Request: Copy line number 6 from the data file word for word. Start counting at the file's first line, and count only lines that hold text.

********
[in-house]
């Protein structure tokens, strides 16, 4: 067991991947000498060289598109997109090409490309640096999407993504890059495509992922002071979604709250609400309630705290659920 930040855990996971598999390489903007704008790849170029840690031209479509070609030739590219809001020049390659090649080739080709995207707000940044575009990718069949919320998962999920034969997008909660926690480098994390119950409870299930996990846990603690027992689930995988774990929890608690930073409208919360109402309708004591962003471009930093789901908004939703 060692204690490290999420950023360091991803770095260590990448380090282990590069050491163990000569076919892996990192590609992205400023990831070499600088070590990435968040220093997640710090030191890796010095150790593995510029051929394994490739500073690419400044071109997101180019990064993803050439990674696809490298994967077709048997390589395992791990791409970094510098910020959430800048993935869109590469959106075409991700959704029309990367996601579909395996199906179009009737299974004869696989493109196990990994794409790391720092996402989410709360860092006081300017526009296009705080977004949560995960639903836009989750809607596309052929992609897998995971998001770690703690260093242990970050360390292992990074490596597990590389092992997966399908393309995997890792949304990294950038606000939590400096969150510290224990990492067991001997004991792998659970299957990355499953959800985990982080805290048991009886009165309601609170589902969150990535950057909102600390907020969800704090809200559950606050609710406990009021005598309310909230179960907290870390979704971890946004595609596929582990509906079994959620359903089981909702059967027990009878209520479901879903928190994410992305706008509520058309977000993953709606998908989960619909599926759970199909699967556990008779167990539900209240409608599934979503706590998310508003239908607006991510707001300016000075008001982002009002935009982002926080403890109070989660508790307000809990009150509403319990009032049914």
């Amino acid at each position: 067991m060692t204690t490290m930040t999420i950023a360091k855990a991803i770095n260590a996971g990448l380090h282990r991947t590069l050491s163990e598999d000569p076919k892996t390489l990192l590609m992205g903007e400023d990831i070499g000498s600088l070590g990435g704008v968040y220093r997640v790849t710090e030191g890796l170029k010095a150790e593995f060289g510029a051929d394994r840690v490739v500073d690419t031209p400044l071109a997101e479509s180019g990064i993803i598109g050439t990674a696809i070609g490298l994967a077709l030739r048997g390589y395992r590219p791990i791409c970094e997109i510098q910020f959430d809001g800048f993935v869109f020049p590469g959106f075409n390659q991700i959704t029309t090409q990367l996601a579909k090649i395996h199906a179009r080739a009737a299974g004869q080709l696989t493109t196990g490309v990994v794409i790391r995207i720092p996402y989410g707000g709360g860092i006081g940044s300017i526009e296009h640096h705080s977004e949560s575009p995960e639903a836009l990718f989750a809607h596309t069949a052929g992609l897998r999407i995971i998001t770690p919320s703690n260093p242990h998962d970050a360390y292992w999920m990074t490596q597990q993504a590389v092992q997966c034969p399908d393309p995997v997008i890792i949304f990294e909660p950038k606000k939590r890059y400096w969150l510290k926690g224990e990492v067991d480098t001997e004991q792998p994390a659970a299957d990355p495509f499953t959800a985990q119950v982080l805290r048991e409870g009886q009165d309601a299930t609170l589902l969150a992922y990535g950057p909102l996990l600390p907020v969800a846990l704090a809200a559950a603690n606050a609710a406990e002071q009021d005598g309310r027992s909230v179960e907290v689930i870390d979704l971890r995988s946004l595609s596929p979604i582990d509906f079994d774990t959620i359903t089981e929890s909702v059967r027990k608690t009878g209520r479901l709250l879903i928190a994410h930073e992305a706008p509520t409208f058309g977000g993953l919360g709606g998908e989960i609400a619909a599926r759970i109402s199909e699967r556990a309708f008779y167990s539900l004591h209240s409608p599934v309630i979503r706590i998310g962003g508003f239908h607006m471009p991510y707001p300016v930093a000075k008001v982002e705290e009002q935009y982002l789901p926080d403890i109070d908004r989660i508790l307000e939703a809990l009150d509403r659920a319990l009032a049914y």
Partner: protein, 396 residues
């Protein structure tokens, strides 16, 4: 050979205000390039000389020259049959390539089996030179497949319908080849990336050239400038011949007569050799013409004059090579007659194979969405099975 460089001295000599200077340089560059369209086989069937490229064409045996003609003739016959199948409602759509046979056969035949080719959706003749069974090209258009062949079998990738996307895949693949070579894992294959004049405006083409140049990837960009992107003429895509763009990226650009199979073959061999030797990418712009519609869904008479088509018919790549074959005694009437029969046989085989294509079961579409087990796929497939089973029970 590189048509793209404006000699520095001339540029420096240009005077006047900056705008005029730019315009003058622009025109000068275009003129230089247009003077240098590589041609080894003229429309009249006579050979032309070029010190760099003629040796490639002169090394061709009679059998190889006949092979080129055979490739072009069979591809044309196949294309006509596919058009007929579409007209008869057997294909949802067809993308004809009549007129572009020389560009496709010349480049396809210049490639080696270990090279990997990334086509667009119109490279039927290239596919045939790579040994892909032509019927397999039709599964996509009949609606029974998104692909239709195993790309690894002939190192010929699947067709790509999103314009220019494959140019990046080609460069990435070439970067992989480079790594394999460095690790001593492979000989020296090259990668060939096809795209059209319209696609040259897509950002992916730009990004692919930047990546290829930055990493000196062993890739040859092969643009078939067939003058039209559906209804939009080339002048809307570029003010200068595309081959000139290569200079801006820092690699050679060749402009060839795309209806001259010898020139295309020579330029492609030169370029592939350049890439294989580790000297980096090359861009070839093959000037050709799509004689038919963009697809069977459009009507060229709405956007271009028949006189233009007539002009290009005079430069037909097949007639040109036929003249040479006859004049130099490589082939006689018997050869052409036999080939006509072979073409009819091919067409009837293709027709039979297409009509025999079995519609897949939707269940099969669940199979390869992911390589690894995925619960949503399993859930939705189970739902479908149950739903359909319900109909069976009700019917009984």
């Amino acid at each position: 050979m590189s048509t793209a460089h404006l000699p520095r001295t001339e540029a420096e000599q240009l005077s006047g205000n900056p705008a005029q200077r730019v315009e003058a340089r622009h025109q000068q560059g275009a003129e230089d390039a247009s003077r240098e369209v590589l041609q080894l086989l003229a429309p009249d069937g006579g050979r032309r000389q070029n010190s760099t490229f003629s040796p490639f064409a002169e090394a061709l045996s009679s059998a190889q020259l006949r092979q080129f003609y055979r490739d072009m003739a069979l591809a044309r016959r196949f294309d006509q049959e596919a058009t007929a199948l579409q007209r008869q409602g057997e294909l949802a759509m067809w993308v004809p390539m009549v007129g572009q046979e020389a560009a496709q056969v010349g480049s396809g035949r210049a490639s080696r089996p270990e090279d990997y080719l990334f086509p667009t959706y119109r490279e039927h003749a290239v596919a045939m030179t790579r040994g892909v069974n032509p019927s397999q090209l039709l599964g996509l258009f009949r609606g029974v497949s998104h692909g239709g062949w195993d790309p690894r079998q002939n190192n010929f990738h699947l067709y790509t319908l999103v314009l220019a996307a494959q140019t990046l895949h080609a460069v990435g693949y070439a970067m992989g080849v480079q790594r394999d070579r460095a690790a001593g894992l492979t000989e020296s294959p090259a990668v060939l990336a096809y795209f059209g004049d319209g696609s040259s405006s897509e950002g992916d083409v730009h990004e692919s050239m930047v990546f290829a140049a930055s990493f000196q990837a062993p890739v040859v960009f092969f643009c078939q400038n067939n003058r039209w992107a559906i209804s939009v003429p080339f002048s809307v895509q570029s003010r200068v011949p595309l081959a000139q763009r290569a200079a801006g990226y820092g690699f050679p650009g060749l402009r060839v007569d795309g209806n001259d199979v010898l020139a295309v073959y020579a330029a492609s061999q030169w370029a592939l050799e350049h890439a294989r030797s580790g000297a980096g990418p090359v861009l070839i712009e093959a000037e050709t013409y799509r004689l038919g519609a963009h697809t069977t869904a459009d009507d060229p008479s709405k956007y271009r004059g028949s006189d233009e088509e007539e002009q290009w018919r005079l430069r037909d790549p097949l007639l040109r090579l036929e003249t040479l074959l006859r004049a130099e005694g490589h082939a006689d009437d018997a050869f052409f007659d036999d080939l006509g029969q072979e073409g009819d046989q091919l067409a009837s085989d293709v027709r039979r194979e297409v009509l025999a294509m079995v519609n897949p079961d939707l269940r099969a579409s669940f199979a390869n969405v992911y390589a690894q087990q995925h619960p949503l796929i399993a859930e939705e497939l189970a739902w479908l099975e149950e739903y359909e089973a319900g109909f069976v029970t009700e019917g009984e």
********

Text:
């Amino acid at each position: 050979m590189s048509t793209a460089h404006l000699p520095r001295t001339e540029a420096e000599q240009l005077s006047g205000n900056p705008a005029q200077r730019v315009e003058a340089r622009h025109q000068q560059g275009a003129e230089d390039a247009s003077r240098e369209v590589l041609q080894l086989l003229a429309p009249d069937g006579g050979r032309r000389q070029n010190s760099t490229f003629s040796p490639f064409a002169e090394a061709l045996s009679s059998a190889q020259l006949r092979q080129f003609y055979r490739d072009m003739a069979l591809a044309r016959r196949f294309d006509q049959e596919a058009t007929a199948l579409q007209r008869q409602g057997e294909l949802a759509m067809w993308v004809p390539m009549v007129g572009q046979e020389a560009a496709q056969v010349g480049s396809g035949r210049a490639s080696r089996p270990e090279d990997y080719l990334f086509p667009t959706y119109r490279e039927h003749a290239v596919a045939m030179t790579r040994g892909v069974n032509p019927s397999q090209l039709l599964g996509l258009f009949r609606g029974v497949s998104h692909g239709g062949w195993d790309p690894r079998q002939n190192n010929f990738h699947l067709y790509t319908l999103v314009l220019a996307a494959q140019t990046l895949h080609a460069v990435g693949y070439a970067m992989g080849v480079q790594r394999d070579r460095a690790a001593g894992l492979t000989e020296s294959p090259a990668v060939l990336a096809y795209f059209g004049d319209g696609s040259s405006s897509e950002g992916d083409v730009h990004e692919s050239m930047v990546f290829a140049a930055s990493f000196q990837a062993p890739v040859v960009f092969f643009c078939q400038n067939n003058r039209w992107a559906i209804s939009v003429p080339f002048s809307v895509q570029s003010r200068v011949p595309l081959a000139q763009r290569a200079a801006g990226y820092g690699f050679p650009g060749l402009r060839v007569d795309g209806n001259d199979v010898l020139a295309v073959y020579a330029a492609s061999q030169w370029a592939l050799e350049h890439a294989r030797s580790g000297a980096g990418p090359v861009l070839i712009e093959a000037e050709t013409y799509r004689l038919g519609a963009h697809t069977t869904a459009d009507d060229p008479s709405k956007y271009r004059g028949s006189d233009e088509e007539e002009q290009w018919r005079l430069r037909d790549p097949l007639l040109r090579l036929e003249t040479l074959l006859r004049a130099e005694g490589h082939a006689d009437d018997a050869f052409f007659d036999d080939l006509g029969q072979e073409g009819d046989q091919l067409a009837s085989d293709v027709r039979r194979e297409v009509l025999a294509m079995v519609n897949p079961d939707l269940r099969a579409s669940f199979a390869n969405v992911y390589a690894q087990q995925h619960p949503l796929i399993a859930e939705e497939l189970a739902w479908l099975e149950e739903y359909e089973a319900g109909f069976v029970t009700e019917g009984e």